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Meet Apple's thinner, faster, stronger iMac

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Marcio Jose Sanchez/AP

(Read caption) Phil Schiller, Apple's senior vice president of worldwide product marketing, introduces the new iMac at the company's media event in San Jose, California, on Tuesday. It's been three years since the computer was last updated; the new versions boast faster processors and a very thin profile.

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With all the attention Apple has given to the iPhone and iPad over the past few years, it's nice when desktops get a little love.

The company announced major updates to the iMac -- which Apple VP Phil Schiller referred to as the company's "flagship" -- at its media event in San Jose, California, on Tuesday. The computer whose debut in 1998 started Apple's return to profitability is now in its eighth generation, and comes in 21.5-inch and 27-inch flavors.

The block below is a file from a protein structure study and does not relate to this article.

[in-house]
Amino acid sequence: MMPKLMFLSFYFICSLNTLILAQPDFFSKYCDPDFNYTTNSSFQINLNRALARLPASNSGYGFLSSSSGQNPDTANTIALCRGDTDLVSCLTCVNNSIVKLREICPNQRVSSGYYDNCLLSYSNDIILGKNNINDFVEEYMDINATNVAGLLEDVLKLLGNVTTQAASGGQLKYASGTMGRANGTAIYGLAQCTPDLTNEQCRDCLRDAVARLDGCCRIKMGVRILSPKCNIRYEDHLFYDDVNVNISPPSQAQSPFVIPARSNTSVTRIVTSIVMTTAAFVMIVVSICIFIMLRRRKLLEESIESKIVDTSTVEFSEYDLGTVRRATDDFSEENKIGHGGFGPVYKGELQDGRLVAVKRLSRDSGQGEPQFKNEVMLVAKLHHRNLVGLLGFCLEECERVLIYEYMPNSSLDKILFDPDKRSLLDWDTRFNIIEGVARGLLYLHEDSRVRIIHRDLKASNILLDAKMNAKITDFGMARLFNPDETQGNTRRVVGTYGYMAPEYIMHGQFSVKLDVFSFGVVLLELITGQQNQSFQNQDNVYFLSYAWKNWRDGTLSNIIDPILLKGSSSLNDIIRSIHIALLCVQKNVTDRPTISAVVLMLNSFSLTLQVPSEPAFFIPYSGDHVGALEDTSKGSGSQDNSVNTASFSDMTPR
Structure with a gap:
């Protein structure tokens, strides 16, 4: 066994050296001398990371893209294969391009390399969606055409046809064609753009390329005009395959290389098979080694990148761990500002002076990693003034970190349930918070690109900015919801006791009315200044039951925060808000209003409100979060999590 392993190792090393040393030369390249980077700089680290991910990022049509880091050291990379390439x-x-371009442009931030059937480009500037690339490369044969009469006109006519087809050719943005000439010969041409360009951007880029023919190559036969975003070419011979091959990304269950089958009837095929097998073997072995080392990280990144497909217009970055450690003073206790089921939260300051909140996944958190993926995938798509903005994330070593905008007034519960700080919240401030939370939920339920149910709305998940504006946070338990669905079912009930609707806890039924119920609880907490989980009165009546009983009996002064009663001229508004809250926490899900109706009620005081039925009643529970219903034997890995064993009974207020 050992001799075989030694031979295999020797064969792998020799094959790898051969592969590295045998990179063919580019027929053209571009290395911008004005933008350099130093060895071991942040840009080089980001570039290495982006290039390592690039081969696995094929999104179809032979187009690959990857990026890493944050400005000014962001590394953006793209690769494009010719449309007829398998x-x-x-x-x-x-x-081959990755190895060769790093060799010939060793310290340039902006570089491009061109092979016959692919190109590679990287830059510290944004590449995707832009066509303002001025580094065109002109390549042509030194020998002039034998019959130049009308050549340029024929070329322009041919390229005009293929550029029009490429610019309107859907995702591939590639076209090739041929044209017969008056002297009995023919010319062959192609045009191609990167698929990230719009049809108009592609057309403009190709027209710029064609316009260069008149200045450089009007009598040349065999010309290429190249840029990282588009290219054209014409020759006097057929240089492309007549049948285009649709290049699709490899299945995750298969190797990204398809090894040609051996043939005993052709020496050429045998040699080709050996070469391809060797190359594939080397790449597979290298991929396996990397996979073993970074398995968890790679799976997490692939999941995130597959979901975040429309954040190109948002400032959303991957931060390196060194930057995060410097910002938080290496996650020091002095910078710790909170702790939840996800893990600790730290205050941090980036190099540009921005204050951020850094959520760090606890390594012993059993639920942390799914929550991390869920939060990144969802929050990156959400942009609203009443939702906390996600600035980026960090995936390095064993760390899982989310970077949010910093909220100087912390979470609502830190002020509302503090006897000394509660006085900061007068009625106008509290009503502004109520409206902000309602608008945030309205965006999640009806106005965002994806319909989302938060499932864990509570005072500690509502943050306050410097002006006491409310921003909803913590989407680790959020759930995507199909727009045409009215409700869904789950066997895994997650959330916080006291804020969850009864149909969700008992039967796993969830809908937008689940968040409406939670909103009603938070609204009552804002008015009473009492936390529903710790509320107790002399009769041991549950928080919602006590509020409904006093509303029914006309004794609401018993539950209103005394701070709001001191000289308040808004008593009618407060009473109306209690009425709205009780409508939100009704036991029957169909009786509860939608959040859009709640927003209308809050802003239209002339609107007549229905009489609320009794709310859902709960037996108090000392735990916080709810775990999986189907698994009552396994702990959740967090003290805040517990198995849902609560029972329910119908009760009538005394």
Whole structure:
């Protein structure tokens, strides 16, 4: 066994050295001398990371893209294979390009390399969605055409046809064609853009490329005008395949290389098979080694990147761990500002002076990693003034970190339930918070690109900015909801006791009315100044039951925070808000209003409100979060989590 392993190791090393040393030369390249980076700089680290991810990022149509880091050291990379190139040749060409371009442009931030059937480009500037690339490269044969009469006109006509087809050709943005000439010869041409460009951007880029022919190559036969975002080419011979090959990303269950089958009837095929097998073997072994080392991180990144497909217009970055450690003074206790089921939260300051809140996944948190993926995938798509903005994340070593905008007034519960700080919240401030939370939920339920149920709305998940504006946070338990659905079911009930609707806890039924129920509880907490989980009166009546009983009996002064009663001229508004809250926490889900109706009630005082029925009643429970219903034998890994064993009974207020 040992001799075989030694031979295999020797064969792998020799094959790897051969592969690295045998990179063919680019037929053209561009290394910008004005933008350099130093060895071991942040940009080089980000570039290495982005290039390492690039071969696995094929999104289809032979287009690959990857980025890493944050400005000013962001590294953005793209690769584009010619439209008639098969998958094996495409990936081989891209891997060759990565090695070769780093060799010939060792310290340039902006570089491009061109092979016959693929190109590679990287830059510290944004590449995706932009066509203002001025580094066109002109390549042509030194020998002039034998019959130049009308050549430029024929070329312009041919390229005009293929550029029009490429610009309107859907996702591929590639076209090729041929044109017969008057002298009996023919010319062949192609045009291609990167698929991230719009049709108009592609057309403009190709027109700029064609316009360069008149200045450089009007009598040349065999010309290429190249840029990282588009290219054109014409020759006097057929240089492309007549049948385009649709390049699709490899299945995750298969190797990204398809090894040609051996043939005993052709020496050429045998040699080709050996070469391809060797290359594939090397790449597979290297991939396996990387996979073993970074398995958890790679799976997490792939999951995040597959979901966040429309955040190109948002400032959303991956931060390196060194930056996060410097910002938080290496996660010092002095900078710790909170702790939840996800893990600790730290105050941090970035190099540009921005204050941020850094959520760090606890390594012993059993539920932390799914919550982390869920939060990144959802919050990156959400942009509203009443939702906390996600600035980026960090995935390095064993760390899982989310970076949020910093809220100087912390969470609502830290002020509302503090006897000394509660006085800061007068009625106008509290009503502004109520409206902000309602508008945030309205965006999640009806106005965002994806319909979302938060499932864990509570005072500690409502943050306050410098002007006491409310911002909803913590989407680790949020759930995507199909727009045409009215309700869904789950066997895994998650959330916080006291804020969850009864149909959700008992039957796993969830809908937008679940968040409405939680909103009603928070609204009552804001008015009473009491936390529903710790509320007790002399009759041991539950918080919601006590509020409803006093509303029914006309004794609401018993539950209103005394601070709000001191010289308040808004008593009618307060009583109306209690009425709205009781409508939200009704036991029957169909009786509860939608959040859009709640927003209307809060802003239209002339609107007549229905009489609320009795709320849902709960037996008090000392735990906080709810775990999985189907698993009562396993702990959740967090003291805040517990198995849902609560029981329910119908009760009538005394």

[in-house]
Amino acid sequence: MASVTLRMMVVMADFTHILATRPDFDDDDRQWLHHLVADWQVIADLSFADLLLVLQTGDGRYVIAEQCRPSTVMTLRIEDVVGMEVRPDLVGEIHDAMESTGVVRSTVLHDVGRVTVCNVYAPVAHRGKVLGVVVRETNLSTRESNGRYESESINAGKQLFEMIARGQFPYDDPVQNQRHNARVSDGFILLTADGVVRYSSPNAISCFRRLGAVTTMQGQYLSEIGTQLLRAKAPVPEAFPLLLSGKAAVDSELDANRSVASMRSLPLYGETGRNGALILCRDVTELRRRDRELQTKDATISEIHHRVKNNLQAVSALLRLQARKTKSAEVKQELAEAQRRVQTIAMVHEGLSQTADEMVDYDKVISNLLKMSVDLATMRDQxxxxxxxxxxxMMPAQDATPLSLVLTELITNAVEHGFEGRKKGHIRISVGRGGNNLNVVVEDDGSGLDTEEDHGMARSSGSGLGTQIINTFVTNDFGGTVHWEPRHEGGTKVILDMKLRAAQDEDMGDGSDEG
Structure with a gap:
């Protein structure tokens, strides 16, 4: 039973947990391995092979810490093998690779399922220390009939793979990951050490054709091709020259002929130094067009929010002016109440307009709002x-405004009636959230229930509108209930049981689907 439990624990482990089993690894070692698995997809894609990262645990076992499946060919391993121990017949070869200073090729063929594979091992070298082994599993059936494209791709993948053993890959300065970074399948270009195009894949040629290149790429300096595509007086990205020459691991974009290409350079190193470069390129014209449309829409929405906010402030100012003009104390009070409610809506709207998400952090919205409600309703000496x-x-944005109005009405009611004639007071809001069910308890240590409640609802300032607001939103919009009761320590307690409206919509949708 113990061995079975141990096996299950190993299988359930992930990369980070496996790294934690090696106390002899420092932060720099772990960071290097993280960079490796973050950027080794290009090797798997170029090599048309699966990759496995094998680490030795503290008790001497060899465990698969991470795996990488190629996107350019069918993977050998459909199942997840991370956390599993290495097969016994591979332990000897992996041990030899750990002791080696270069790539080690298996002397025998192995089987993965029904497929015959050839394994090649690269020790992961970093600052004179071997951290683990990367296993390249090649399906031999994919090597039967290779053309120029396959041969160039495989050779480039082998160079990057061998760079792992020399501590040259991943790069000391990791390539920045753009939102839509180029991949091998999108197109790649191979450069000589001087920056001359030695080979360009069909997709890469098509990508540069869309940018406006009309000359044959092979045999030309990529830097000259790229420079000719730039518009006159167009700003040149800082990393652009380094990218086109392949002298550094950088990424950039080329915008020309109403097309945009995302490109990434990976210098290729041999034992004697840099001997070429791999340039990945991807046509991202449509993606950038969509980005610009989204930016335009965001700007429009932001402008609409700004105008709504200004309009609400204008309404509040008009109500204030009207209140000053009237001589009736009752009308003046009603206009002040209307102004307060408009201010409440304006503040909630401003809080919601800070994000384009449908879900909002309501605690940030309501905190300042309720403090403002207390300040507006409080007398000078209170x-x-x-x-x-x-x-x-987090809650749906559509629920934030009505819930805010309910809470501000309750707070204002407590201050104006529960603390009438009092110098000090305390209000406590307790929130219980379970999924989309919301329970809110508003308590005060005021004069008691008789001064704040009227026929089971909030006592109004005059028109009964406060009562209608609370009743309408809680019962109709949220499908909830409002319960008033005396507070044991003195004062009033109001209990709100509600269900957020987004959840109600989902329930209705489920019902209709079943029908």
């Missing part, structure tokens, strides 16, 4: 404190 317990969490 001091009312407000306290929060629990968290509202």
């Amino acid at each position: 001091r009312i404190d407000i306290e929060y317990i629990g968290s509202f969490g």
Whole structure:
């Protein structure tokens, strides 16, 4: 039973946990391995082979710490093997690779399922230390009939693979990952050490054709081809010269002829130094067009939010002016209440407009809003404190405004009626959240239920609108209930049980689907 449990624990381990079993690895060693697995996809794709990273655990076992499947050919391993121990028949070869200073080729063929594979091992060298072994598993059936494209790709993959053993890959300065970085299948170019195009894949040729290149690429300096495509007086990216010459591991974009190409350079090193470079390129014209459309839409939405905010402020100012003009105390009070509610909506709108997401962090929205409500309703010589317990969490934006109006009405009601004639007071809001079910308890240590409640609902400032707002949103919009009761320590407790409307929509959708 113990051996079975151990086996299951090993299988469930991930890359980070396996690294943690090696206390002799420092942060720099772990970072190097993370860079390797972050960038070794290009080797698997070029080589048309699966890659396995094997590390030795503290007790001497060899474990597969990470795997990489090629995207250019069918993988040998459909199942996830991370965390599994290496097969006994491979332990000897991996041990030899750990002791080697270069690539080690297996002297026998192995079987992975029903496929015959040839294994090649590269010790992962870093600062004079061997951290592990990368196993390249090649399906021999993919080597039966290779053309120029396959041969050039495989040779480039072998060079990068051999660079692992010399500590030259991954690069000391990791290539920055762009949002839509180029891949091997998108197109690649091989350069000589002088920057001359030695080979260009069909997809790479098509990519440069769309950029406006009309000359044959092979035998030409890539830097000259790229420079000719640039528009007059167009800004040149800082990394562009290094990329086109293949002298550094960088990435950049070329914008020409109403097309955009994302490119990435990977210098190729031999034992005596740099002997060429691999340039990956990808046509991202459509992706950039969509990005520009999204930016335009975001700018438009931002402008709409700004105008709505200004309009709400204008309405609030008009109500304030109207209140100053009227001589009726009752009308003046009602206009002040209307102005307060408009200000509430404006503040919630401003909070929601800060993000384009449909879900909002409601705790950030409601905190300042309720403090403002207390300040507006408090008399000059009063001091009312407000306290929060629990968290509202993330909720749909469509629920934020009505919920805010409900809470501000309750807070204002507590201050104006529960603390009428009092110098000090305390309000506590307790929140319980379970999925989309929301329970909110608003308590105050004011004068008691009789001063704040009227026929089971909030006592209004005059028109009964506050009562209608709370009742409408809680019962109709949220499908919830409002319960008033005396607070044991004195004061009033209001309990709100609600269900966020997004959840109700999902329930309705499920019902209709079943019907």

Let's talk about aesthetic impressions first: the redesigned iMac is almost cartoonishly thin. The body tapers to just 5mm at the edges, although it's slightly thicker where the case meets the stand in back. Older iMacs had a 2mm gap of air between the display and the glass covering it -- now the two are laminated together, which not only makes for a thinner machine but, Apple says, eliminates a lot of the reflectiveness associated with glossy displays. The front and back of the case are joined with a technique called "friction stir welding," which joins two pieces of aluminum together with heat and pressure, allowing for an even slimmer profile.

The 21.5-inch iMac boasts a 1920x1080-pixel screen, while the 27-inch model has a 2560x1440 display. Both have LED backlighting and a viewing angle of 178 degrees -- plus, Apple says, each iMac will be individually color-calibrated at the factory. That ought to be welcome news to photographers and anyone whose work depends on faithful color reproduction.


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